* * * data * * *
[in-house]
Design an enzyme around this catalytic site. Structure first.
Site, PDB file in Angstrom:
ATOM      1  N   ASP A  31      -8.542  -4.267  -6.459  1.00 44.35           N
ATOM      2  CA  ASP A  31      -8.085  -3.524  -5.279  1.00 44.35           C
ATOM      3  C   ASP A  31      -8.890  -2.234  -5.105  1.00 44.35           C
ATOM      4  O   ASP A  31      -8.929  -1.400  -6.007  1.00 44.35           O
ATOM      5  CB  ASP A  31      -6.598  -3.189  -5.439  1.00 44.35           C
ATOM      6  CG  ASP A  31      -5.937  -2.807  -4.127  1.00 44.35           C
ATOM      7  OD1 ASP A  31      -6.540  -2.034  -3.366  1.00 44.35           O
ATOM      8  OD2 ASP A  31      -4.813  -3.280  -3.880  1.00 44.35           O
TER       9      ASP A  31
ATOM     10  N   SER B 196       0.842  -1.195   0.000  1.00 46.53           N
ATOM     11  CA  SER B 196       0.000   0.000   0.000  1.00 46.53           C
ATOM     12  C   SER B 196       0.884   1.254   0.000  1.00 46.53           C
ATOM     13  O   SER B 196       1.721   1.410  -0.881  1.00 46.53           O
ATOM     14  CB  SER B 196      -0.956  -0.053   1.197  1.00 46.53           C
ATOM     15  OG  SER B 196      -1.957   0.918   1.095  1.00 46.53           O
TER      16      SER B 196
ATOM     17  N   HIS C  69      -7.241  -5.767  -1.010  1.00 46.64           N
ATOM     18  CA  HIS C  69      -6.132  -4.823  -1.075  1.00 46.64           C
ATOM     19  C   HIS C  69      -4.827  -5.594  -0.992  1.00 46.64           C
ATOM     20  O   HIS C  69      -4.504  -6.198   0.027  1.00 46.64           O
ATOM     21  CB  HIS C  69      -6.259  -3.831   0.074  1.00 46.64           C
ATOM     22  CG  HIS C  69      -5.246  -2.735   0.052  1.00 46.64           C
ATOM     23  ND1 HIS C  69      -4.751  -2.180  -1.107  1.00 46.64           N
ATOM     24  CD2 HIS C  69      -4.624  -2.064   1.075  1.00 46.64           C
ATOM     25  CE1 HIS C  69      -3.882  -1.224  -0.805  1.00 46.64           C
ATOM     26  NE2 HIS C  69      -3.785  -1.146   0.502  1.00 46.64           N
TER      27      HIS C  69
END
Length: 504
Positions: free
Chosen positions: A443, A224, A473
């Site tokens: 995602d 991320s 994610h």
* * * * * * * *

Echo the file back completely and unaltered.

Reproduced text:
[in-house]
Design an enzyme around this catalytic site. Structure first.
Site, PDB file in Angstrom:
ATOM      1  N   ASP A  31      -8.542  -4.267  -6.459  1.00 44.35           N
ATOM      2  CA  ASP A  31      -8.085  -3.524  -5.279  1.00 44.35           C
ATOM      3  C   ASP A  31      -8.890  -2.234  -5.105  1.00 44.35           C
ATOM      4  O   ASP A  31      -8.929  -1.400  -6.007  1.00 44.35           O
ATOM      5  CB  ASP A  31      -6.598  -3.189  -5.439  1.00 44.35           C
ATOM      6  CG  ASP A  31      -5.937  -2.807  -4.127  1.00 44.35           C
ATOM      7  OD1 ASP A  31      -6.540  -2.034  -3.366  1.00 44.35           O
ATOM      8  OD2 ASP A  31      -4.813  -3.280  -3.880  1.00 44.35           O
TER       9      ASP A  31
ATOM     10  N   SER B 196       0.842  -1.195   0.000  1.00 46.53           N
ATOM     11  CA  SER B 196       0.000   0.000   0.000  1.00 46.53           C
ATOM     12  C   SER B 196       0.884   1.254   0.000  1.00 46.53           C
ATOM     13  O   SER B 196       1.721   1.410  -0.881  1.00 46.53           O
ATOM     14  CB  SER B 196      -0.956  -0.053   1.197  1.00 46.53           C
ATOM     15  OG  SER B 196      -1.957   0.918   1.095  1.00 46.53           O
TER      16      SER B 196
ATOM     17  N   HIS C  69      -7.241  -5.767  -1.010  1.00 46.64           N
ATOM     18  CA  HIS C  69      -6.132  -4.823  -1.075  1.00 46.64           C
ATOM     19  C   HIS C  69      -4.827  -5.594  -0.992  1.00 46.64           C
ATOM     20  O   HIS C  69      -4.504  -6.198   0.027  1.00 46.64           O
ATOM     21  CB  HIS C  69      -6.259  -3.831   0.074  1.00 46.64           C
ATOM     22  CG  HIS C  69      -5.246  -2.735   0.052  1.00 46.64           C
ATOM     23  ND1 HIS C  69      -4.751  -2.180  -1.107  1.00 46.64           N
ATOM     24  CD2 HIS C  69      -4.624  -2.064   1.075  1.00 46.64           C
ATOM     25  CE1 HIS C  69      -3.882  -1.224  -0.805  1.00 46.64           C
ATOM     26  NE2 HIS C  69      -3.785  -1.146   0.502  1.00 46.64           N
TER      27      HIS C  69
END
Length: 504
Positions: free
Chosen positions: A443, A224, A473
């Site tokens: 995602d 991320s 994610h």